Best Linux and KVM switch practices
I have at least four machines running at all times - all using one monitor. Not only does space dictate this setup, so to does budget. Because of this I am relegated to using a KVM switch. If you're not sure what a KVM switch is, it is a device that allows you to use multiple machines with only one monitor, mouse, and keyboard.
Some KVM switches even allow the sharing of a single audio output source (speakers).
There is one problem that can arise when using a KVM switch with a modern Linux distribution. This problem has to do with the latest releases of Xorg.
Because Xorg no longer uses the xorg.conf file, it depends upon receiving identification signals from the monitor in order to automatically adjust the display.
On a single system/single monitor setup this works perfectly. But in some instances a KVM switch will get in the way and the X Windows display will be far from ideal (and some times not even usable). How do you get around this situation? In this article you will read a few tips that will help you get around this.
Choosing your KVM
There is, unfortunately no way to know which KVM switch will work well with modern Linux setups. I have tried four different KVM switches with modern Linux distributions - all with varied results. Here are the KVMs I have used (and their results):
- Belkin Flip (USB): Switched between machines quickly, but lead to freezing with Ubuntu Linux. Couldn't detect monitors so resolution was poor.
- IO Gear Miniview 2-port (USB): Switched between machines quickly, no freezing. Couldn't detect monitors so resolution was poor.
- Generic 4-port KVM (USB - purchased on Ebay): Poor switching, constant freezing, and couldn't detect monitor.
- IO Gear 4-port Miniview (USB): Easy switching, no freezing, monitor detected so resolution was perfect.
So from the above list, you would obviously want to go with the IO Gear 4-port miniview. It's an inexpensive solution (approximately $70.00 USD) that will give you no problems.
Using your current KVM
What if you already have a KVM switch? There are options. The first option is to manually configure your /etc/X11/xorg.conf file (For more information on the xorg.conf file check out the xorg.conf articles on Ghacks.net). This can lead to problems when you're not sure what your graphics card is or the resolution of your monitor. Because of this, you might have to do a bit of research before you continue. If you know you are using an NVidia card you are lucky, you can use the Nvidia Settings tool (read about it in my article "Adding a widescreen monitor in Linux".) You can use this tool to generate your xorg.conf file for you.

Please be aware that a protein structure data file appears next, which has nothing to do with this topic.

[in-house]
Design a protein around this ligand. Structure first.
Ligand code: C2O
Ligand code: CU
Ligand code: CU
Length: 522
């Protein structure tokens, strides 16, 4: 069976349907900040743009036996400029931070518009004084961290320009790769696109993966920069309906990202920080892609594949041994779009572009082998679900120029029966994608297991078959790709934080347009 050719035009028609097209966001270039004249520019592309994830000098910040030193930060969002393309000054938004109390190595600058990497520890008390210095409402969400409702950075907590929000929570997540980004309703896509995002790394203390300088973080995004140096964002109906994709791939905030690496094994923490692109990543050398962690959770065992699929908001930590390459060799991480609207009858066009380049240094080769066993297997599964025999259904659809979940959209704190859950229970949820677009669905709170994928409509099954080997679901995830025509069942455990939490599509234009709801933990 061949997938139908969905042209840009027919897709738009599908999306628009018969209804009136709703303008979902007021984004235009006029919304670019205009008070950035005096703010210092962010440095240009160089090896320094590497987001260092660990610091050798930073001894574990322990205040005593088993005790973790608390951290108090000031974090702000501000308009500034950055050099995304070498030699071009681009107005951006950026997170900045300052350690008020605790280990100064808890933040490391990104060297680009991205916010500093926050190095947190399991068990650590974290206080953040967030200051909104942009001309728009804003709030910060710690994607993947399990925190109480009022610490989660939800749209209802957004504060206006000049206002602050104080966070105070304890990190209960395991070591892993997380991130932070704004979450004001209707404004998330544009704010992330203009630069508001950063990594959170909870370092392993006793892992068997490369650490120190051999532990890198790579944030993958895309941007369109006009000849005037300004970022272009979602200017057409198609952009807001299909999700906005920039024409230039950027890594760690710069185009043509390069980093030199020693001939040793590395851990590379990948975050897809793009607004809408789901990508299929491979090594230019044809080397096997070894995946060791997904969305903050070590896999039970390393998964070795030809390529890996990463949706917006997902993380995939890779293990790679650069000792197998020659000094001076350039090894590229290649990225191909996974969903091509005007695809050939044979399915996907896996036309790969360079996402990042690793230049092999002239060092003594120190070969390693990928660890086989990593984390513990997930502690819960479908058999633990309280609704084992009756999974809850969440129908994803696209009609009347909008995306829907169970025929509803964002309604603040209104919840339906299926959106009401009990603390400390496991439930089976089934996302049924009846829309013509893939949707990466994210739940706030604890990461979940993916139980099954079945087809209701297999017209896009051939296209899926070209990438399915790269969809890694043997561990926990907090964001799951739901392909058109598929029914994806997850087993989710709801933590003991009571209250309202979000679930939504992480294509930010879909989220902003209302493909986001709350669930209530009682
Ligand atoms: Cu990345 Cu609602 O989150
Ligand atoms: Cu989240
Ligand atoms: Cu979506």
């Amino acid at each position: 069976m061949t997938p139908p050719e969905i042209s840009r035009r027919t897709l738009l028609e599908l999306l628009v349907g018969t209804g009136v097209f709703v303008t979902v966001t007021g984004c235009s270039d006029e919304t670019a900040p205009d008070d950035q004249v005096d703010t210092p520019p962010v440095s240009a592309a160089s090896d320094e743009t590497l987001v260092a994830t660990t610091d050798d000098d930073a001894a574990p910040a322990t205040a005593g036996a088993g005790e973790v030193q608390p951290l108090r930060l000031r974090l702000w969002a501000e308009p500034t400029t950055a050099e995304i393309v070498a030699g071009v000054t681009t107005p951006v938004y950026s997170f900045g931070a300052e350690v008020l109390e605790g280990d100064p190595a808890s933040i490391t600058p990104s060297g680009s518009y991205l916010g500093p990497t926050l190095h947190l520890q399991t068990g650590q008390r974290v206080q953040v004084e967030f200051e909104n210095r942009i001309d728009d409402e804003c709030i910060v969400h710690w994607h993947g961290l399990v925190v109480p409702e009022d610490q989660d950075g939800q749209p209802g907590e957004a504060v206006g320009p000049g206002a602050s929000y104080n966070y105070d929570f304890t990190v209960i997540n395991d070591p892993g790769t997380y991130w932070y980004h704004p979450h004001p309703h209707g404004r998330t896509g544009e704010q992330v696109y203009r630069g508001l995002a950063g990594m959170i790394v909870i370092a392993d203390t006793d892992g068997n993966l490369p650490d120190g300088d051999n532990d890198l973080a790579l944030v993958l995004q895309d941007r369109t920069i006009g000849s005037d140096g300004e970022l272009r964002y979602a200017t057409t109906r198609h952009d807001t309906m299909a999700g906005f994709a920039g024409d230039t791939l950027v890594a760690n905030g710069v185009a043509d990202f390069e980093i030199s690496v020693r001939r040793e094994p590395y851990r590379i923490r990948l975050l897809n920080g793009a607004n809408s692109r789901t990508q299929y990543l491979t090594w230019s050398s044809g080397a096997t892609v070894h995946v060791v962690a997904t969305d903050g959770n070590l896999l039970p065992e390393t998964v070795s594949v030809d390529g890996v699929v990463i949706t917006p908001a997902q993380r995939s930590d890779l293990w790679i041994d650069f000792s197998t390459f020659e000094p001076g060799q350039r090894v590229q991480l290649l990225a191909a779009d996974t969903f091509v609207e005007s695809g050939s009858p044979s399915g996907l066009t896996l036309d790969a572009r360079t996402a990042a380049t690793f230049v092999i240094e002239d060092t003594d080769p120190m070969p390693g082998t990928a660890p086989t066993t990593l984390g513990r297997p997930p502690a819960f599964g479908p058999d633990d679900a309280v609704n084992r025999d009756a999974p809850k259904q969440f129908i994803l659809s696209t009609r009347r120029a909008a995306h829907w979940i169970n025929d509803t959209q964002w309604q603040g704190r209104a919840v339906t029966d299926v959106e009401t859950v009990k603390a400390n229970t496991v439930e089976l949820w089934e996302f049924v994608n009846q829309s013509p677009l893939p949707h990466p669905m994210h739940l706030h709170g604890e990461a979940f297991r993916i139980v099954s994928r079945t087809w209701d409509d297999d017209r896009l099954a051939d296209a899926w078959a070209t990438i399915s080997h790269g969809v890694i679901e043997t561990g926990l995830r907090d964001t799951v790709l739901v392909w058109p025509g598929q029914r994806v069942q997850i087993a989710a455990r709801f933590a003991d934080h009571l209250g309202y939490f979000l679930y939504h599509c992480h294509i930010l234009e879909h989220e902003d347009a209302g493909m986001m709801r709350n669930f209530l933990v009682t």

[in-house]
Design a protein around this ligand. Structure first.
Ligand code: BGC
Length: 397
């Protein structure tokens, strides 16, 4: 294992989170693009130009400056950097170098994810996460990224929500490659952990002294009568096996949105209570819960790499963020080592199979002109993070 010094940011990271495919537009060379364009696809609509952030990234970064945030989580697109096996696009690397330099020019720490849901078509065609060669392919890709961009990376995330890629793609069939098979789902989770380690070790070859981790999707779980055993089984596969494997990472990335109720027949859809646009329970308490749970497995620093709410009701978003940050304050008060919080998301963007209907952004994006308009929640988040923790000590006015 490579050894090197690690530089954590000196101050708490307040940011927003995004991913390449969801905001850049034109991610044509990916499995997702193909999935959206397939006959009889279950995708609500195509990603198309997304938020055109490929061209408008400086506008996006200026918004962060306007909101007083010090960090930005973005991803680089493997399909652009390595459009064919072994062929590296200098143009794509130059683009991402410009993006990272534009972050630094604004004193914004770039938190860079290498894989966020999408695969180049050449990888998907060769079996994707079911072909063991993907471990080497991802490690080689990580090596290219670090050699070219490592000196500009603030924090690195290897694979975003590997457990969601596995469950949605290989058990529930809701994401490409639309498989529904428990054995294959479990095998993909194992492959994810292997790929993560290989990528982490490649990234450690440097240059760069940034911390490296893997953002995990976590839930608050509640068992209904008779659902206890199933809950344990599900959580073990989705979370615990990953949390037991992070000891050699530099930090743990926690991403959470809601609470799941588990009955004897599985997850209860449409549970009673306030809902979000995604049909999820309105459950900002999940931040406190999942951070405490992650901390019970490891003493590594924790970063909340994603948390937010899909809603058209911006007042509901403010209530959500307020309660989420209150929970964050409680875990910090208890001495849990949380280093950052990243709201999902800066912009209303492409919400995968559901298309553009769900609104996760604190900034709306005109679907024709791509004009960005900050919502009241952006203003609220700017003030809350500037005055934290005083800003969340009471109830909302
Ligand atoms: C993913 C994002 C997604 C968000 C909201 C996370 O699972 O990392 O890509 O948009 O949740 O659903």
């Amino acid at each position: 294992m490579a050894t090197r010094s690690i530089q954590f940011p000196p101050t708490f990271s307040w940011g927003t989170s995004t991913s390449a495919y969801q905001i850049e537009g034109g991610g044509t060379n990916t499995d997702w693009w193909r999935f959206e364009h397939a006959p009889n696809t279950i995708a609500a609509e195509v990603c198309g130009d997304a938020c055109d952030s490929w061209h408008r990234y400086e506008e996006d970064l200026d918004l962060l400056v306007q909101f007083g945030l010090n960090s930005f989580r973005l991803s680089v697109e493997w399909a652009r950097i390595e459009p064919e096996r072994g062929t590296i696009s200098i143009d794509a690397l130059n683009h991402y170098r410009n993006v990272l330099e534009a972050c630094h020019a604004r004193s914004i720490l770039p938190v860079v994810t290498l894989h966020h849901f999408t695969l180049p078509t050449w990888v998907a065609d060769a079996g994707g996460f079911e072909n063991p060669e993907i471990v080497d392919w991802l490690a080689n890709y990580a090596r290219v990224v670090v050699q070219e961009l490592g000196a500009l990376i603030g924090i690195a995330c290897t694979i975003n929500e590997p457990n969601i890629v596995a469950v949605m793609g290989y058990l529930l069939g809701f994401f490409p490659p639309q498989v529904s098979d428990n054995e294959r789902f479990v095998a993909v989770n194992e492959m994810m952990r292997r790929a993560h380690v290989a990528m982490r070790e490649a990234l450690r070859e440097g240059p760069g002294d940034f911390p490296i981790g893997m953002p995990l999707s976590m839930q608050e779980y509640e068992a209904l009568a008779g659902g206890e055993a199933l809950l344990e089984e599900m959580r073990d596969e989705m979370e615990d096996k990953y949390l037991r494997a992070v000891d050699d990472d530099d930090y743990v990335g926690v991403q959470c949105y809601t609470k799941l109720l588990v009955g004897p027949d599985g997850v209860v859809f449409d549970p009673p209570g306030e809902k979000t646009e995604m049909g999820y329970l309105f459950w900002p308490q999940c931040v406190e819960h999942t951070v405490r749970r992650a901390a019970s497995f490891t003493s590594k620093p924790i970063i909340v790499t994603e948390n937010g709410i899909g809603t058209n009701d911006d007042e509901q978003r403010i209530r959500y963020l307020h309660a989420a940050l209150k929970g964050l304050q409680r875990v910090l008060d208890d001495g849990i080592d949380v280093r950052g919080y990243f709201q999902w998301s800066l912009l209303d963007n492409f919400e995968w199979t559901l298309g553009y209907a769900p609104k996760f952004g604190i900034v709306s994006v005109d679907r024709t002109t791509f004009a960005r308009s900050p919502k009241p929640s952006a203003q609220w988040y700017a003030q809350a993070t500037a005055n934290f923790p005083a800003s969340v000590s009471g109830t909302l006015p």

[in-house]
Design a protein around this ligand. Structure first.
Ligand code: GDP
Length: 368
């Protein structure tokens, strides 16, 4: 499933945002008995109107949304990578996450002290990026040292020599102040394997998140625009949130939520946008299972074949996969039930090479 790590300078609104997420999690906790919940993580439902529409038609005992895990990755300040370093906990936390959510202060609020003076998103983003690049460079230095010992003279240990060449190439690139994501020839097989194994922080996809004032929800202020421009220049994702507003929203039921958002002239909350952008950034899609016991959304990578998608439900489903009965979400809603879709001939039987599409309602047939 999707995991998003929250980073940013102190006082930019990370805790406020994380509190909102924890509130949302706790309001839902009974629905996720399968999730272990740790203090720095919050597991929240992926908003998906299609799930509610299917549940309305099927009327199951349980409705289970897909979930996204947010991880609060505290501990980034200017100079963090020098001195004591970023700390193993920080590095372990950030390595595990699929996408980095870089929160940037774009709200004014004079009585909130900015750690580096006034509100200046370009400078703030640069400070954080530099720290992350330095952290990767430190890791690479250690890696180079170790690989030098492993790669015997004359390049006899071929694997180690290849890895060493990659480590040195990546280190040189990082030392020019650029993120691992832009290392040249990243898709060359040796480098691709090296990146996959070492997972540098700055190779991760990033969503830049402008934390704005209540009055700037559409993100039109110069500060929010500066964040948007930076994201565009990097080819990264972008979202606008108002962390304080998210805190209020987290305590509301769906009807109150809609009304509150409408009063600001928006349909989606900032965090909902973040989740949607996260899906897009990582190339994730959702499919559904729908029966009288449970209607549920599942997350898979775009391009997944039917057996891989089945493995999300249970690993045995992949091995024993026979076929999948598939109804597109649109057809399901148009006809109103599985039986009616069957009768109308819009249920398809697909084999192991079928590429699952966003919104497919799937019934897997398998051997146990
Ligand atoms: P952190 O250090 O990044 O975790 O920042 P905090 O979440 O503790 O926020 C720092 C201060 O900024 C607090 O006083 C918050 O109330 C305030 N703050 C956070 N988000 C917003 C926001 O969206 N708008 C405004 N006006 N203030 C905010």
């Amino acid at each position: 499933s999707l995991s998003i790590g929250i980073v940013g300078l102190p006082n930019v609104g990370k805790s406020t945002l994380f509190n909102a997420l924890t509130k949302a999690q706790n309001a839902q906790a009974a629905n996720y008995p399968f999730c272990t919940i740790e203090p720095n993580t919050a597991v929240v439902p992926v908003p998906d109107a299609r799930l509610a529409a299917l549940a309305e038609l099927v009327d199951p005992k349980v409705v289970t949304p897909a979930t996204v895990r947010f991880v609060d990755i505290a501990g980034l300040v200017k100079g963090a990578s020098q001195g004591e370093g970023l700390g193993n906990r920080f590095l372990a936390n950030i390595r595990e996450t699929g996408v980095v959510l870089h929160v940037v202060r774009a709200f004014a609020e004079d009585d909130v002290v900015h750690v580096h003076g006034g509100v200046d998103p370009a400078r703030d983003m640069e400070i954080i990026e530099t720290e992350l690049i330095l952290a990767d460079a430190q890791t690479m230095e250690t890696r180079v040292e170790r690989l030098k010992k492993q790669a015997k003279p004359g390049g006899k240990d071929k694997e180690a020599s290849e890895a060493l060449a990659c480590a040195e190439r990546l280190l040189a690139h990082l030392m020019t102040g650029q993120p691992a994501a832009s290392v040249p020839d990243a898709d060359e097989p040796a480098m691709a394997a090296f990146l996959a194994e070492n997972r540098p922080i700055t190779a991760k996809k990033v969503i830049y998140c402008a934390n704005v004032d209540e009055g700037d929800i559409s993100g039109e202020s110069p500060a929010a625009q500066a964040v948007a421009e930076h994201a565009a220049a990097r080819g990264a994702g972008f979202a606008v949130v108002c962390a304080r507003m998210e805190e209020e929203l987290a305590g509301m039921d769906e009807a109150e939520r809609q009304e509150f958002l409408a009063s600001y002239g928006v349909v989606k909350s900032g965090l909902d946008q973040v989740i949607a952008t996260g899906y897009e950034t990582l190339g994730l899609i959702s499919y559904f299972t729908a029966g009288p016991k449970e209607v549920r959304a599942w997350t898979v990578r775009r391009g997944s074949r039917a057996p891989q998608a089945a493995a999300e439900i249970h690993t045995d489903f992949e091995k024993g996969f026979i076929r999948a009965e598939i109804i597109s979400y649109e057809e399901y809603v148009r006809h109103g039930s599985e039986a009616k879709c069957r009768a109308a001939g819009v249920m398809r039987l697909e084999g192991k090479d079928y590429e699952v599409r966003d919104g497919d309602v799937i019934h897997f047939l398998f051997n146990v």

If you do not want to have to monkey around with configuring xorg.conf, you have another solution - one that isn't perfect, but will work in a pinch (and one I have used when dealing with certain on-board graphics chips like Intel). Plug your monitor, keyboard, and mouse directly into your Linux machine and let it boot. Once you have your desktop up and running unplug the monitor, keyboard, and mouse and plug them back into the KVM. Plug the KVM cords into your Linux box and your Linux machine will be up and running. Fortunately the Linux machine won't have to be rebooted for anything any time soon. It's not an ideal solution, but it will work for you. Just remember, if you have to reboot you need to switch those cables around until the machine is back to the GUI desktop.
Ideally you will purchase a KVM switch like the IO Gear 4-port Miniview that will give you no problems. Otherwise you might have to toy with a work-around or two in order to get your Linux box working with your KVM. This is the price the user-community has to pay for having a modern distribution that doesn't require configuring X (at least not single-system setups).Advertisement